But soil, Cassidy says, isn’t important only in water quality; it touches every part of our lives. “Soil is the nexus of everything. It’s where everything really does come together.”
Popular culture dismisses dirt as, well, beneath us. A person trapped in poverty is “dirt poor.” A grimy old T-shirt is “soiled” or “dirty.” In our hypoallergenic culture, obsessed with perpetual cleanliness, we have forgotten the true value of soil. Dirt, Cassidy explains, comprises so much more than grains of sediment.
To Cassidy, soil is a four dimensional complex habitat with a direct relationship to human health. Just a pinch can contain a billion or more organisms. “And 99.99 percent of them,” he says, “we don’t know who they are or what they do. Every atom in your body has gone through the soil system billions of times over. Everything got its start in soil and everything goes back to it.” [Editor’s note: OSU soil scientist David Myrold leads the Terragenome project, an international effort to sequence the genes of all soil microorganisms.)
Cassidy grounded himself in the study of soil, earning a master’s degree in crop and soil science from Oregon State in 2002. After graduation, he worked as a researcher in the OSU Soil Physics Laboratory and continued his investigation into farm field filtration. He worked with soil physicist Maria Dragila to determine how vole holes affect the filtration and transport of water on farm fields.
Teaching and Tilling
Cassidy’s former career as a bassist seemed another lifetime ago. But, in 2004, a chance teaching gig threw Cassidy back into the past. A professor asked him to step in as a lecturer in an introductory soil science class. Cassidy agreed.
As he entered the lecture hall, the former rock star felt his blood pound. Eager eyes peered at him. He stood behind the podium before ninety students. The crowd buzzed with excitement. He was back on stage. “I was comfortable,” Cassidy says, “I could relax. I was funny. I knew how to reach them.” Every fall and winter, he gets back on stage and teaches basic introductory soil science to fresh undergraduates.
As he lectures, Cassidy draws upon his recent experiences as a student. He understands that every student approaches learning differently. “I know what it means to be a person who doesn’t know everything yet, because I didn’t go from high school being smart into college being smart. I was a poor student in high school, and I had to recreate myself as a student [in college]. So I’m still a student when I’m teaching. I know what they’re going through.” His zeal for soil piques the interest of his class as he deploys a variety of props (spray bottles, metal chains, sponges) to help his students understand theoretical concepts.
Cassidy acknowledges that many students are fascinated by his former career. “They think that I have some insight into popular culture, which they have been trained to worship, “ he says. “Yet here I am talking about soil. [It] makes them judge which is more important. And they realize that soil is more important, actually.”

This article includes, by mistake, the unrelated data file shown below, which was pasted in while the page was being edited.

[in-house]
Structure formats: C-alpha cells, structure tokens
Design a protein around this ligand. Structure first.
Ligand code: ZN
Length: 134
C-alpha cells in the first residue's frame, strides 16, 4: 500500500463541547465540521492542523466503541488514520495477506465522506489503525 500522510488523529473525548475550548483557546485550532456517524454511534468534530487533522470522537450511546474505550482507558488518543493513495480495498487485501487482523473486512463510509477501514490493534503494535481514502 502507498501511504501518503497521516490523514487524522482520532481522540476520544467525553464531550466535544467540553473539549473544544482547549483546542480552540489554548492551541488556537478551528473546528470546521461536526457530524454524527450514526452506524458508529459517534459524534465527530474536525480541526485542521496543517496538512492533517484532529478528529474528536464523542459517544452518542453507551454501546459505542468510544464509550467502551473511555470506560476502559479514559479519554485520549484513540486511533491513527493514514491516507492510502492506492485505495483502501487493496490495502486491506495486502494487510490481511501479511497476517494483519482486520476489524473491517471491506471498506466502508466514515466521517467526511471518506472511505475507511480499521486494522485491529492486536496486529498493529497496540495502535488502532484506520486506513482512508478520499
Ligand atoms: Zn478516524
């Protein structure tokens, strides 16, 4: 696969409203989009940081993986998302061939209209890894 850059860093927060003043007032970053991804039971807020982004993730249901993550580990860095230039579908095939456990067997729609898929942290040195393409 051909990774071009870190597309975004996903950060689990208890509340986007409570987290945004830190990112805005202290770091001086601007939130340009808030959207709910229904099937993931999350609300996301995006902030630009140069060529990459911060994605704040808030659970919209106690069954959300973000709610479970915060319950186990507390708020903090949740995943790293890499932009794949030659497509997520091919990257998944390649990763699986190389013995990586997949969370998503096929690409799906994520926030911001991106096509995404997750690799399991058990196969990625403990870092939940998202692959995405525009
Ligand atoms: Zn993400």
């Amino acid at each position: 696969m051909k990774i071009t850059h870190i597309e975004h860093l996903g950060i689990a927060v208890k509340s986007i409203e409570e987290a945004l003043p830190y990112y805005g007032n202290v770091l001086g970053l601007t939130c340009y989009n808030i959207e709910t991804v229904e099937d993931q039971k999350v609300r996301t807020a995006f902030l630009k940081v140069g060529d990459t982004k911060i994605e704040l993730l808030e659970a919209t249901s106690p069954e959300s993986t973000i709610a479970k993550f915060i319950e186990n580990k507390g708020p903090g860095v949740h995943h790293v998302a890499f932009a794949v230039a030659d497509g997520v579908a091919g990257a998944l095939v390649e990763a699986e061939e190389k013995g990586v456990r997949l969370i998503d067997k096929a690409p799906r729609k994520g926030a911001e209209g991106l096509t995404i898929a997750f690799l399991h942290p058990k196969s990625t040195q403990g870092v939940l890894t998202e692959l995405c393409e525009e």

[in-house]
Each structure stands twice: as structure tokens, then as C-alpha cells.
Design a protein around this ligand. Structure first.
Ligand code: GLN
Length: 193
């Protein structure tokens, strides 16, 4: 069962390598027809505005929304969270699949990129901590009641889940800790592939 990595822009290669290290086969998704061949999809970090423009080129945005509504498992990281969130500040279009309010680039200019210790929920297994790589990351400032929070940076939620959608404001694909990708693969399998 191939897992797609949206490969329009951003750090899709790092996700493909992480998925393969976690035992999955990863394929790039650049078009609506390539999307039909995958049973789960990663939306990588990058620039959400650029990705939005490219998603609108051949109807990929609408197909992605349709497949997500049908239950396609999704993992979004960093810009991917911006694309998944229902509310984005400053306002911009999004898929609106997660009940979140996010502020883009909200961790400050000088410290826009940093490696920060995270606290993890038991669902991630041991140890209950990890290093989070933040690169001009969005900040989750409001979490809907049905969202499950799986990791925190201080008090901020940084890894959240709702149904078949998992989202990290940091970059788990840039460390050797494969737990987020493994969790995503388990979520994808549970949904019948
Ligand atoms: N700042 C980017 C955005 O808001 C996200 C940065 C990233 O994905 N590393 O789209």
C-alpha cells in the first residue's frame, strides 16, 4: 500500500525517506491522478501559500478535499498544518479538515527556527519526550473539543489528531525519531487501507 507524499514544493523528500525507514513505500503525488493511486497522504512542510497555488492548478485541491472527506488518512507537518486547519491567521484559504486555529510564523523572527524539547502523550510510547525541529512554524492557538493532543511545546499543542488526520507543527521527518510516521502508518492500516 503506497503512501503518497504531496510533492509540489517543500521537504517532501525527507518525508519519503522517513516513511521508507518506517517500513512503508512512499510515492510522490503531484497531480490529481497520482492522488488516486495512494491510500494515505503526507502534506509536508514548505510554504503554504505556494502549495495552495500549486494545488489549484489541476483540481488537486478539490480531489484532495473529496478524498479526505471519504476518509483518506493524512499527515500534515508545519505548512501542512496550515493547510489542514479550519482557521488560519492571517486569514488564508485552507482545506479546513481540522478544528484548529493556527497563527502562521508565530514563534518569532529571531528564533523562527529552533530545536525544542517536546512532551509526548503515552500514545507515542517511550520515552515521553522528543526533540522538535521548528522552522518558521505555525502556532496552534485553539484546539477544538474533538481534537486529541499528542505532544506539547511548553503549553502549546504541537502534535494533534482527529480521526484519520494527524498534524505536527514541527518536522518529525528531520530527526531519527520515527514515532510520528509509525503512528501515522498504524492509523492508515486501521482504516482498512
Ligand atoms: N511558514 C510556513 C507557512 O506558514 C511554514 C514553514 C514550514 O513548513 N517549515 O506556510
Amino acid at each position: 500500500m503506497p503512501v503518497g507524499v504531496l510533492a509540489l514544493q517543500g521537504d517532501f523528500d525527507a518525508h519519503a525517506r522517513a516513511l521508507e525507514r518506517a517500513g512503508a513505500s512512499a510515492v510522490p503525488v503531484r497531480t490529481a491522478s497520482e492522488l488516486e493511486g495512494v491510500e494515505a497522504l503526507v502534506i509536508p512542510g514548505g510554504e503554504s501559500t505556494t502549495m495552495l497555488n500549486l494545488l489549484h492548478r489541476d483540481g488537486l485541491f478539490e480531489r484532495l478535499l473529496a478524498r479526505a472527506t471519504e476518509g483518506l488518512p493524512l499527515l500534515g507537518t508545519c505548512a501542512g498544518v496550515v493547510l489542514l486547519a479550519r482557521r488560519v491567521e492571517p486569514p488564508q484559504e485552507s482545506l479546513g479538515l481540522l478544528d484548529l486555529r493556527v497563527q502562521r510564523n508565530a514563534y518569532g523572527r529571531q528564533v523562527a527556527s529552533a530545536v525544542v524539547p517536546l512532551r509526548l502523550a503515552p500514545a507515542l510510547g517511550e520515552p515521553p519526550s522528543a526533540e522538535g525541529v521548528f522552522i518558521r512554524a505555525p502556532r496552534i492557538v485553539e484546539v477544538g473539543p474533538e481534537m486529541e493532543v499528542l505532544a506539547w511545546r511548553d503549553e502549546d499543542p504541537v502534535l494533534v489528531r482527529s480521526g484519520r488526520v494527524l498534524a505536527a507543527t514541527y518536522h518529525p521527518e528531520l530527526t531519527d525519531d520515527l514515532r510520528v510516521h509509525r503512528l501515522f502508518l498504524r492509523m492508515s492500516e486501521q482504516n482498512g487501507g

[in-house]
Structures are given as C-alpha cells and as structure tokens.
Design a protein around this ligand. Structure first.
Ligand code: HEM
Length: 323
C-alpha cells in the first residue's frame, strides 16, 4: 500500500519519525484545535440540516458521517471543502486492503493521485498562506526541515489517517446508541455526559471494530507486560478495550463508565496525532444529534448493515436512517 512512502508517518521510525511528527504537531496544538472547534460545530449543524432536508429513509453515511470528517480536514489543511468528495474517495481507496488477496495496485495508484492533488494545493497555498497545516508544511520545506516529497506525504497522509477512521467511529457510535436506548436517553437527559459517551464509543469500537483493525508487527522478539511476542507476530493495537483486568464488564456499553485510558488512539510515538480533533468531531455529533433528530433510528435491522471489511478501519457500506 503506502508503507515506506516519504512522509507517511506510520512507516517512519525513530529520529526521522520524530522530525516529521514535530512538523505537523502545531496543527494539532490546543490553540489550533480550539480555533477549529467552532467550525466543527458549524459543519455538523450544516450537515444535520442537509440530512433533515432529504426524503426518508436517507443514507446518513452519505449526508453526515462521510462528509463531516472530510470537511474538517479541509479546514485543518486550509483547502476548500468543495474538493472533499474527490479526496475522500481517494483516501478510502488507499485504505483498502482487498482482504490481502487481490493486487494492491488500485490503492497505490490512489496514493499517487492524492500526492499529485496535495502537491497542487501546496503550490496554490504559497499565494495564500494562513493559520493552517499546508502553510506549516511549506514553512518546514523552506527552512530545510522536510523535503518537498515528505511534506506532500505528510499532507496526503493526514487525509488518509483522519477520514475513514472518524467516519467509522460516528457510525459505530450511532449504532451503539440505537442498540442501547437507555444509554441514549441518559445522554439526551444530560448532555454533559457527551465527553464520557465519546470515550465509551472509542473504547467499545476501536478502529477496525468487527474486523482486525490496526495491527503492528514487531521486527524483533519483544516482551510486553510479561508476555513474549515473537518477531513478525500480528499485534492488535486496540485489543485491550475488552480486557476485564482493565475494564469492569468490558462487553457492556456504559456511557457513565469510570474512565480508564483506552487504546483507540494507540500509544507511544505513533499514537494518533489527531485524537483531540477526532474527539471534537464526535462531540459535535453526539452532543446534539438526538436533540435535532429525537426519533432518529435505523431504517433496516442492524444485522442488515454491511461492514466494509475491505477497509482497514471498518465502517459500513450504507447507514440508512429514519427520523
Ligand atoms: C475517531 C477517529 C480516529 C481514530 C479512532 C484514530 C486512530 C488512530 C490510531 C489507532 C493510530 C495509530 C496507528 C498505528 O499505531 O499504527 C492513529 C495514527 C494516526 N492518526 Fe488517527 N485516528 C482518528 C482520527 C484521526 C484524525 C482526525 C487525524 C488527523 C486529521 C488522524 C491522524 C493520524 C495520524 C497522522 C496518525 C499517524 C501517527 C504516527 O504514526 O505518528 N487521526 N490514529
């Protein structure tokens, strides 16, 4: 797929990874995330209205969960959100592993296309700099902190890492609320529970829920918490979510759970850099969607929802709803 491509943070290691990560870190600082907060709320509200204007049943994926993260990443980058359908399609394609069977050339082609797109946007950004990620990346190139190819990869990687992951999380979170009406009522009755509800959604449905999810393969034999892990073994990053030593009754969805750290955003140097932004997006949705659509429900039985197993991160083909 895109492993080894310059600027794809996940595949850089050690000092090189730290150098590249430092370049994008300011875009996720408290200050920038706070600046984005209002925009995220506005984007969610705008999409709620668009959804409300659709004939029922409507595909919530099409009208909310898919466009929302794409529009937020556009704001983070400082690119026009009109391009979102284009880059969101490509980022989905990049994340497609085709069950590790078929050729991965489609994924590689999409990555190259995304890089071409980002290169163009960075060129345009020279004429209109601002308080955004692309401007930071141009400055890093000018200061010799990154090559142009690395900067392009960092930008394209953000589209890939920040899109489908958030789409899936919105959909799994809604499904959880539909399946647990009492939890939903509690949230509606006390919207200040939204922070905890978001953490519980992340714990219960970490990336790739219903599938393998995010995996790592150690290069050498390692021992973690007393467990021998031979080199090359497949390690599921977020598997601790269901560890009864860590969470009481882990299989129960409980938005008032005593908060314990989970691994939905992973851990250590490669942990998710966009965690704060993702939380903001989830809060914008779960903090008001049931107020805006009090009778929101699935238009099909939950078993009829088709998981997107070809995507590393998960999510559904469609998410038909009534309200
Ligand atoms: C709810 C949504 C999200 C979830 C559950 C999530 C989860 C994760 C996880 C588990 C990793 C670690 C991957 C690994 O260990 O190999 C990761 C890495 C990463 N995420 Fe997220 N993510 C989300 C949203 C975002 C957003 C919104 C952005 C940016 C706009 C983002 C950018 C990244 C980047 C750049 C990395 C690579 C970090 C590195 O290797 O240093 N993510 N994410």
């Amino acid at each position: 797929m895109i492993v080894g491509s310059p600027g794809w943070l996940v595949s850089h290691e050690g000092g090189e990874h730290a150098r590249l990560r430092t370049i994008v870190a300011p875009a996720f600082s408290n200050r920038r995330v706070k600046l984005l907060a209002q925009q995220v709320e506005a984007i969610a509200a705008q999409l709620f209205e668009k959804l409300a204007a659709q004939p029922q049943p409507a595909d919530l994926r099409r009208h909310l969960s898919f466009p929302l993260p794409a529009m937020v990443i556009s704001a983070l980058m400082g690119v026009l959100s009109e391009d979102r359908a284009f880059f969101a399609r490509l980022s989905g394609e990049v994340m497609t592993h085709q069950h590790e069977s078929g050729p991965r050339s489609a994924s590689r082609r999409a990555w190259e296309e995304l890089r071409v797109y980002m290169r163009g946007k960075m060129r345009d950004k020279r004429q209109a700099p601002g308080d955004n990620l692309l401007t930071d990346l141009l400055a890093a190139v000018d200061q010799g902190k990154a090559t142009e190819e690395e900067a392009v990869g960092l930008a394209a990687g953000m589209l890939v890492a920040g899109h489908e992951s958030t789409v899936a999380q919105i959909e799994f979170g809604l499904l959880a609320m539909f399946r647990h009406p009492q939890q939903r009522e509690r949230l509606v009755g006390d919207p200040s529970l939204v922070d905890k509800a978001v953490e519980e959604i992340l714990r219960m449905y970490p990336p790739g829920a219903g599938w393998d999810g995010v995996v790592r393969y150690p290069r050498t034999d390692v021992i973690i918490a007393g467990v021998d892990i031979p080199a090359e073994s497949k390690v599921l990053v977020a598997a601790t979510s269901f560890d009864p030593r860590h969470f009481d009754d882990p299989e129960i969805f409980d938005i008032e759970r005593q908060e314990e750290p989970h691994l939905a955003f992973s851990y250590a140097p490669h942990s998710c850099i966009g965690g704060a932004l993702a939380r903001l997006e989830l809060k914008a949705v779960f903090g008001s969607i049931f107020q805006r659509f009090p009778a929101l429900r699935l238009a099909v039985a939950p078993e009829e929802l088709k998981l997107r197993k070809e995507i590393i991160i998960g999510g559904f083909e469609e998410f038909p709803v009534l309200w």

To drive the point home, Cassidy has his students go out into the field and get their hands dirty. He’s created service-learning projects to expose students to the real-life applications of soil science. Students have tilled soil, developed sustainable cemeteries and taught children about soil. He says that service-learning projects provide students with a unique platform for learning. “Probably the best way of learning is experiencing. I developed these service learning projects to make them do something that is not possible in the lecture hall, in a book or online.”
Pop star. Scientist. Teacher. James Cassidy somehow manages to wear all of these hats with confidence and ease. While he still enjoys the life of a musician, he prefers his current job. “My life has so much more meaning now,” he says. Being a musician prepared him for a pitch-perfect career as a professor. “I’m lucky to have the backstory,” he says, “that has given me the experiences to allow me the opportunity to reinvent myself after the end of the band.” He gathered a set of skills completely applicable to another life.
But Cassidy has not forgotten his roots. The original members of Information Society reunited in 2006 and get together every other year to tour South America. They always return to Brazil. “We can still go down there and play in front of 10,000 fans,” he says. “It’s really fun because it’s not my life anymore. It’s just a trip down memory lane.”
While Cassidy’s careers have never converged, he says that his fans are aware of his new career. Onstage, he wears a shirt with “Soil” emblazoned on the front. Fans approach him afterwards and ask him about it. “It gets the fans thinking about what’s going on with the soil,” he says.
In July 2012, the band will return to Brazil to play, once again, in front of thousands. Until then, Oregon State students can enjoy Cassidy’s talented presentations in the lecture hall.
Read more about Cassidy’s service-learning projects in the Corvallis Gazette Times